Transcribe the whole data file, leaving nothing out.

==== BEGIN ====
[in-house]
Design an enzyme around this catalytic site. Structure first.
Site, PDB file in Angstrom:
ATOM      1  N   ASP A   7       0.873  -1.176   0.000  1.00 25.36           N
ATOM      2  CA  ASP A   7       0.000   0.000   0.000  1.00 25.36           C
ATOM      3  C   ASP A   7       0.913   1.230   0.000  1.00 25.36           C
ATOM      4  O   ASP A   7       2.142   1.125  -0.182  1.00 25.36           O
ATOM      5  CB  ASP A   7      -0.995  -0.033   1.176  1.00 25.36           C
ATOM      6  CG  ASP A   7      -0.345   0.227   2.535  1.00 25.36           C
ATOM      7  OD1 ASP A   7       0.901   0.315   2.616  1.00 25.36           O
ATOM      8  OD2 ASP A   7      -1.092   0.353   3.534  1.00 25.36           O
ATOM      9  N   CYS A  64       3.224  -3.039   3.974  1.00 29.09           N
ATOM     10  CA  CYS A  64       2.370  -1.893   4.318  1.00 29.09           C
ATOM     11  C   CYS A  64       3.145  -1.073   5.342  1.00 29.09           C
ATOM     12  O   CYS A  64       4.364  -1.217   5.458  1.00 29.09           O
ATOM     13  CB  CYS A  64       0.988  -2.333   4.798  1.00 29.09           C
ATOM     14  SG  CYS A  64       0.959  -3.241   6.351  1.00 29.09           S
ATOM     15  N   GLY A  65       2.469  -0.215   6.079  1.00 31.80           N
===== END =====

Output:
[in-house]
Design an enzyme around this catalytic site. Structure first.
Site, PDB file in Angstrom:
ATOM      1  N   ASP A   7       0.873  -1.176   0.000  1.00 25.36           N
ATOM      2  CA  ASP A   7       0.000   0.000   0.000  1.00 25.36           C
ATOM      3  C   ASP A   7       0.913   1.230   0.000  1.00 25.36           C
ATOM      4  O   ASP A   7       2.142   1.125  -0.182  1.00 25.36           O
ATOM      5  CB  ASP A   7      -0.995  -0.033   1.176  1.00 25.36           C
ATOM      6  CG  ASP A   7      -0.345   0.227   2.535  1.00 25.36           C
ATOM      7  OD1 ASP A   7       0.901   0.315   2.616  1.00 25.36           O
ATOM      8  OD2 ASP A   7      -1.092   0.353   3.534  1.00 25.36           O
ATOM      9  N   CYS A  64       3.224  -3.039   3.974  1.00 29.09           N
ATOM     10  CA  CYS A  64       2.370  -1.893   4.318  1.00 29.09           C
ATOM     11  C   CYS A  64       3.145  -1.073   5.342  1.00 29.09           C
ATOM     12  O   CYS A  64       4.364  -1.217   5.458  1.00 29.09           O
ATOM     13  CB  CYS A  64       0.988  -2.333   4.798  1.00 29.09           C
ATOM     14  SG  CYS A  64       0.959  -3.241   6.351  1.00 29.09           S
ATOM     15  N   GLY A  65       2.469  -0.215   6.079  1.00 31.80           N